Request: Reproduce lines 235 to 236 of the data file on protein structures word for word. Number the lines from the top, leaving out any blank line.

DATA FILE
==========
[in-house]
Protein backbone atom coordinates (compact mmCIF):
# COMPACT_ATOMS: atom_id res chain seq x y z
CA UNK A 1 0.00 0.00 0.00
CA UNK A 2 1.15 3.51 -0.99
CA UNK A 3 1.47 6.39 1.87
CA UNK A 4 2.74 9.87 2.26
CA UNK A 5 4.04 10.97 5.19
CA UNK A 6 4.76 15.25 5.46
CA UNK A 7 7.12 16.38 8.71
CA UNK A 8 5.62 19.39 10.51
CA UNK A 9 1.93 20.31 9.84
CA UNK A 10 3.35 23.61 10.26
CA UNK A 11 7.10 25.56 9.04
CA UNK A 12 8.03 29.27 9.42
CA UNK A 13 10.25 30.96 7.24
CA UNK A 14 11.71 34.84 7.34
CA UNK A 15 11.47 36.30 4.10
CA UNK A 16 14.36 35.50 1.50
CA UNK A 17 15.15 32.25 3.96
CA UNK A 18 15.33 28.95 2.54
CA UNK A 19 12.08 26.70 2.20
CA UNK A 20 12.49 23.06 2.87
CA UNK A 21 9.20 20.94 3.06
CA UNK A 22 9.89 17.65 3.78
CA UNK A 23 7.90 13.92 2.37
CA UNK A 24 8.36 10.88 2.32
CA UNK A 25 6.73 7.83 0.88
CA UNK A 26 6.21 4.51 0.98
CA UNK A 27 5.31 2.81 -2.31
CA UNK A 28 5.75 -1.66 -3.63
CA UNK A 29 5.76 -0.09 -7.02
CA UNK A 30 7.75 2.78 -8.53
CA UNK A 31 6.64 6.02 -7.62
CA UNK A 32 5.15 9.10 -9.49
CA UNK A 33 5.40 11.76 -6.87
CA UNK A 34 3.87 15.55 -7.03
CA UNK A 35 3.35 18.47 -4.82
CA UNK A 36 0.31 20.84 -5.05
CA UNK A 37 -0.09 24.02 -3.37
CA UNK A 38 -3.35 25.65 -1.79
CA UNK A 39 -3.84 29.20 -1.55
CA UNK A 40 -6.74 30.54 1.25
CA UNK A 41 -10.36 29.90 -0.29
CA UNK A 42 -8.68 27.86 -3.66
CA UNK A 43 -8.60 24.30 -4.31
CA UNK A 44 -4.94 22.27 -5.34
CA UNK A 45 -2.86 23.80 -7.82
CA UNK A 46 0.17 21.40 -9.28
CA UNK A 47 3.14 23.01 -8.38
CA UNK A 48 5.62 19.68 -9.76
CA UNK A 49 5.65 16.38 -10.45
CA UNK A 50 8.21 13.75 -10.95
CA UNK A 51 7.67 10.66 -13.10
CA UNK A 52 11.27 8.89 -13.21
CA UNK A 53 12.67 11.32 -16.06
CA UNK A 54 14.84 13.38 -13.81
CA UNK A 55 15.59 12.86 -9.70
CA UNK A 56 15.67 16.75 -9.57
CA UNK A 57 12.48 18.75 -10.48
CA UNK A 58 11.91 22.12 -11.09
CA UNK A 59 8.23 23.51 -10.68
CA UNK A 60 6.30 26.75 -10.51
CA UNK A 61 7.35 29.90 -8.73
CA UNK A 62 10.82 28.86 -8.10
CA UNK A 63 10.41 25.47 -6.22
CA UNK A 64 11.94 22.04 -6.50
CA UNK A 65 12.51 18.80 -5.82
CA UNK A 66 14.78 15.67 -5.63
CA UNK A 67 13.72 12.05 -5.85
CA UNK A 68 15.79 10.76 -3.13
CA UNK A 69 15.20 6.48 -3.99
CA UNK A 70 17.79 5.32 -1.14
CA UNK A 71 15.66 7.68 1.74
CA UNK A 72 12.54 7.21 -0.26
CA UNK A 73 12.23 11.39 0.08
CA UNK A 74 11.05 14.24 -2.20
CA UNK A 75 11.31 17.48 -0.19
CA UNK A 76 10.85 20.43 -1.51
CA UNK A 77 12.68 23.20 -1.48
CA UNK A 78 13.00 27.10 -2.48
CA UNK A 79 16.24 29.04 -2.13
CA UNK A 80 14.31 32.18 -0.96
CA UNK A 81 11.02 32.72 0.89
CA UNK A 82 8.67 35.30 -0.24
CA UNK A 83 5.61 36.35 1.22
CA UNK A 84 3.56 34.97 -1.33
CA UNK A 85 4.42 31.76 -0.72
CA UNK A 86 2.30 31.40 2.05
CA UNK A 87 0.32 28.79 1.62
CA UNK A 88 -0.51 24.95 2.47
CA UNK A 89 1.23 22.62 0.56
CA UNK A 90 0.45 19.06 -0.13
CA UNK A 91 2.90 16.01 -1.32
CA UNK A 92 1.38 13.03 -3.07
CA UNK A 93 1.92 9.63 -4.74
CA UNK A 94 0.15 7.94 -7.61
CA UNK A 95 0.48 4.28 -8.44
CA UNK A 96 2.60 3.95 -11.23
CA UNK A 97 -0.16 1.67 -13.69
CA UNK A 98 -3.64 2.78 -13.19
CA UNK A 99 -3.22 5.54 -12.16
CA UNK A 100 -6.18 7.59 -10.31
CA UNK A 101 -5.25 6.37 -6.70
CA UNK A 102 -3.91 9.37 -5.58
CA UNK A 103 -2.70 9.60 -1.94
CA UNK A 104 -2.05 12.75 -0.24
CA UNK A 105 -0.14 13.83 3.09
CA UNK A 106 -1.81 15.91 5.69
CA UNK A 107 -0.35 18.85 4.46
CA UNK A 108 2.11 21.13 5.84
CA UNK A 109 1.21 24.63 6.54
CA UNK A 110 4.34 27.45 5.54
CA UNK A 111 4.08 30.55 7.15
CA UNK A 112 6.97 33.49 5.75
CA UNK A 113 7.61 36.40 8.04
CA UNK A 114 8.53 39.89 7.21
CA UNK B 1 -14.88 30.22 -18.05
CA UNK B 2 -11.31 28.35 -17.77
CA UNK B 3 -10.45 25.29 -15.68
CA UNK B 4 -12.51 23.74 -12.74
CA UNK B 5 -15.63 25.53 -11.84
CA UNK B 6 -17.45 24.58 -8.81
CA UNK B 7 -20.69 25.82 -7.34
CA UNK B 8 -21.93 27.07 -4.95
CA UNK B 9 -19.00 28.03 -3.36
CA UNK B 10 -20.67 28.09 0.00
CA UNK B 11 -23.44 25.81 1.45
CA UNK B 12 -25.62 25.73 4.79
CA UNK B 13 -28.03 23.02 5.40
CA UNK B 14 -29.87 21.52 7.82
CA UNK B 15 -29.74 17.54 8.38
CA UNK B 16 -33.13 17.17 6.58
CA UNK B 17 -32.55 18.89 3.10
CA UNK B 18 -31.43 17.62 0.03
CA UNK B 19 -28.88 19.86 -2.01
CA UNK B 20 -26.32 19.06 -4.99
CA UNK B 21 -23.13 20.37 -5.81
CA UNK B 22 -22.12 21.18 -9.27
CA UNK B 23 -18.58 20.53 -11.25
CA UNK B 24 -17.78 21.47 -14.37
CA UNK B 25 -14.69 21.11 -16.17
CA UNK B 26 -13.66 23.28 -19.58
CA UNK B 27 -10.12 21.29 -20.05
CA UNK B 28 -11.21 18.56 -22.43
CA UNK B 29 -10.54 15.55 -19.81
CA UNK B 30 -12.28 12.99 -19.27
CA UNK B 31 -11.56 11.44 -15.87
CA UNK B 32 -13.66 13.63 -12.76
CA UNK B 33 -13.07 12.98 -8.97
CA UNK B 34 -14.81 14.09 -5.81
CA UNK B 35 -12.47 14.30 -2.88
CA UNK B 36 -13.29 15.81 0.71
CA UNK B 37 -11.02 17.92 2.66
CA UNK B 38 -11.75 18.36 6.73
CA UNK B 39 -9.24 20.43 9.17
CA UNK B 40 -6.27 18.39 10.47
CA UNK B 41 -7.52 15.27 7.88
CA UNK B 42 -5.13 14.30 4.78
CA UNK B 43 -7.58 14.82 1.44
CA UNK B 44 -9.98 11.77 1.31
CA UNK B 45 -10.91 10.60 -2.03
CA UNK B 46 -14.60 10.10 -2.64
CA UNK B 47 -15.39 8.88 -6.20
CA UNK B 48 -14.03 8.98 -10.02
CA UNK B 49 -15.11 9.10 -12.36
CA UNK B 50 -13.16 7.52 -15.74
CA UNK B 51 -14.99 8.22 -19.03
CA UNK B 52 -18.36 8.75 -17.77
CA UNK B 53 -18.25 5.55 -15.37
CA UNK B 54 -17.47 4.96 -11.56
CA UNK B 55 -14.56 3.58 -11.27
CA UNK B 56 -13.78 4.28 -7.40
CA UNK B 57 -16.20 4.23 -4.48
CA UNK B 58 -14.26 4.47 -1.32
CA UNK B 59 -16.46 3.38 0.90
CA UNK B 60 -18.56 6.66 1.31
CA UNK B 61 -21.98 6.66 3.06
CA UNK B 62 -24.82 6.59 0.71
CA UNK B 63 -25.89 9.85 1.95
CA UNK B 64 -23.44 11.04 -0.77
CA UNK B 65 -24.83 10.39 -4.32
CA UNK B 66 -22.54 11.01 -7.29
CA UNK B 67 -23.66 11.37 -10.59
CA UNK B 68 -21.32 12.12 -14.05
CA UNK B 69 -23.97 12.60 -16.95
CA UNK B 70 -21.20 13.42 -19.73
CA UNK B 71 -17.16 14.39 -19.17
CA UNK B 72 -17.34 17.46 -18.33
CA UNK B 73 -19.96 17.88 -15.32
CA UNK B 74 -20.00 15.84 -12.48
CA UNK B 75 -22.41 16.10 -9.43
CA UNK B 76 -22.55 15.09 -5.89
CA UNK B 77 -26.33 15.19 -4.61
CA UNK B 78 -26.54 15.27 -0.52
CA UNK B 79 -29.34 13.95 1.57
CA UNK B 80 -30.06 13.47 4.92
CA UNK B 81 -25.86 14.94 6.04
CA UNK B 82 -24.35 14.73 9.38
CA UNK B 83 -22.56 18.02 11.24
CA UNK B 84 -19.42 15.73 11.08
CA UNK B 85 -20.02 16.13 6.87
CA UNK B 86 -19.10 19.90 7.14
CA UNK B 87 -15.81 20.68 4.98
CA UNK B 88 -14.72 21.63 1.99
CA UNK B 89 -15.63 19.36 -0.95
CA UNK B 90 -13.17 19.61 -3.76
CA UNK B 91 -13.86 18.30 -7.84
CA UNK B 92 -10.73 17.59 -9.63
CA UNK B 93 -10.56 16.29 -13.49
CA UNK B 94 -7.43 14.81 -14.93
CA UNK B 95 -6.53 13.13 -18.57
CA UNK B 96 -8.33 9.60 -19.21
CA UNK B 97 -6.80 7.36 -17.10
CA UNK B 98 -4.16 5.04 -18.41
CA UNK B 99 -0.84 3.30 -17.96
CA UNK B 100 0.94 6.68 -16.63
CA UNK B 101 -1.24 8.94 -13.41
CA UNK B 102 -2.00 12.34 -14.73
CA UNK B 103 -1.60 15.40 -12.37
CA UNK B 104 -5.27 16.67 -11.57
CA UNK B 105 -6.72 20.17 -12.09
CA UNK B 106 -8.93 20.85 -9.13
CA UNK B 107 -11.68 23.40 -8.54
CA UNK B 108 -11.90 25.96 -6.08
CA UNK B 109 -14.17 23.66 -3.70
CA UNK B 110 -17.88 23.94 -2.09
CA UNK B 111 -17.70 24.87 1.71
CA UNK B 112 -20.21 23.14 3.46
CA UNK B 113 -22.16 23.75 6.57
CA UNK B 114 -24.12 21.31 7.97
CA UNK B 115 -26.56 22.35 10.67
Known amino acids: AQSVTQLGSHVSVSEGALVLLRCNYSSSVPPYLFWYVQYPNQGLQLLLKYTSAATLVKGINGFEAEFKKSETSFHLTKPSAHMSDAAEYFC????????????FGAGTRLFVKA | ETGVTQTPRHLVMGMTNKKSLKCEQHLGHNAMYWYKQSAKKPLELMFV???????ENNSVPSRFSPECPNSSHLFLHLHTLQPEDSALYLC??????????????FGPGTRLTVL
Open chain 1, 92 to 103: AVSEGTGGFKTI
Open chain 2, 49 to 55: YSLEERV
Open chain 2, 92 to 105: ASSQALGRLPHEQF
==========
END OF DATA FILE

Open chain 2, 49 to 55: YSLEERV
Open chain 2, 92 to 105: ASSQALGRLPHEQF